A limited year 2000 interoperability test of international gateways used by global and local exchange telecommunications carriers involved in routing calls from one country to another found no problems related to the date rollover.
The Alliance for Telecommunications Industry Solutions (ATIS) conducted the 465 test calls, including international direct distance dialing, international switched voice-band data and the government emergency telecommunications service, using five date rollovers, including December 31 of this year to January 1, 2000, and December 31, 2000 to January 1, 2001. The test calls were done in laboratories, though ATIS officials said that the association attempted to recreate what happens in a live environment.
The main participants were CANTV in Venezuela, Telecom Italia and Telkom South Africa; local-exchange carriers GTE and WinStar Communications; and international gateway provider MCI WorldCom. The US General Services Administration also participated as a government end user.
"Of the 465 test calls, no call failures occurred as the result of the five date and time transitions," according to an ATIS executive summary of the report. Officials from ATIS and participating carriers said today in a press conference that the only problems detected during the tests involved routing unrelated to the date rollovers.
The year 2000 problem is occurring because most older software programs were written with two-digit date fields, which could lead computers to interpret the "00" in 2000 as "1900" and fail to make correct calculations.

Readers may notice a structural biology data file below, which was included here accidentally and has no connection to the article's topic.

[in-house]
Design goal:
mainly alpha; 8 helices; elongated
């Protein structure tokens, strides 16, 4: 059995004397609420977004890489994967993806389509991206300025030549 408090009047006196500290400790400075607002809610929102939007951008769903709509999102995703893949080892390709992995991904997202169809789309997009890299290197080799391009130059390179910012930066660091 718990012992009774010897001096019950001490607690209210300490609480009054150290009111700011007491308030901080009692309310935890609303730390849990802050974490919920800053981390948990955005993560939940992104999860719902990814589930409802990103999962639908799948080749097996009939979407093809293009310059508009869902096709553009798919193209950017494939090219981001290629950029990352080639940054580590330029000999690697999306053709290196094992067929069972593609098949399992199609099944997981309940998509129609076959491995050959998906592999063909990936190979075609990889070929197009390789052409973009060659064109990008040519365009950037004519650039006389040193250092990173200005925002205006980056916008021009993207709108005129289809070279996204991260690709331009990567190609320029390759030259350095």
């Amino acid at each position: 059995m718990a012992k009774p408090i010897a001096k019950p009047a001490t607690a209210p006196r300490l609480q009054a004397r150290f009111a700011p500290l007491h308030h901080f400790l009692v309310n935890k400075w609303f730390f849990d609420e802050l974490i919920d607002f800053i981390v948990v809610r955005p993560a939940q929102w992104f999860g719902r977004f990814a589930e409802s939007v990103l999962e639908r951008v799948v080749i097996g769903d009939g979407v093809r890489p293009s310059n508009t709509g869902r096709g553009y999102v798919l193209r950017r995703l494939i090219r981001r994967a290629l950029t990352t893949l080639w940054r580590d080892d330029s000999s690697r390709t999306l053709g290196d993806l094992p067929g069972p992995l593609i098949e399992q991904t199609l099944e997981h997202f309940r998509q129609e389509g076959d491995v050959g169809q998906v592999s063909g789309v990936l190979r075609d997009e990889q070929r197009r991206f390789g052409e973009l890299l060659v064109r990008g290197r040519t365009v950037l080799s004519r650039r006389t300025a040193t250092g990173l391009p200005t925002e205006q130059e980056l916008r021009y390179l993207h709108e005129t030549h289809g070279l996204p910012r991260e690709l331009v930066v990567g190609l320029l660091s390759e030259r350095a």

Concerns about international interoperability among telecommunications carriers led ATIS, an industry association, to set up a network testing committee to conduct a series of tests. Calls were conducted on August 30 and September 1 and included voice and fax communications.
While the larger US-based carriers are viewed as having a low risk of year-2000-related problems, Telkom South Africa is seen as being at high risk for problems, and Telecom Italia and CANTV have been tagged as medium- to high-risk, according to Nancy Pierce of ATIS. Including carriers that have higher risk was an important aspect to the test, she said.
The test used switches from a range of companies including Lucent Technologies, Siemens, Alcatel and Ericsson.
A disclaimer included with the ATIS executive summary notes that the testing was limited and conducted in a laboratory environment. "This report is not intended to be and should not be relied upon as a statement of the year-2000 readiness of the public-switched telephone network or of any particular equipment or component comprising the public-switched telephone network."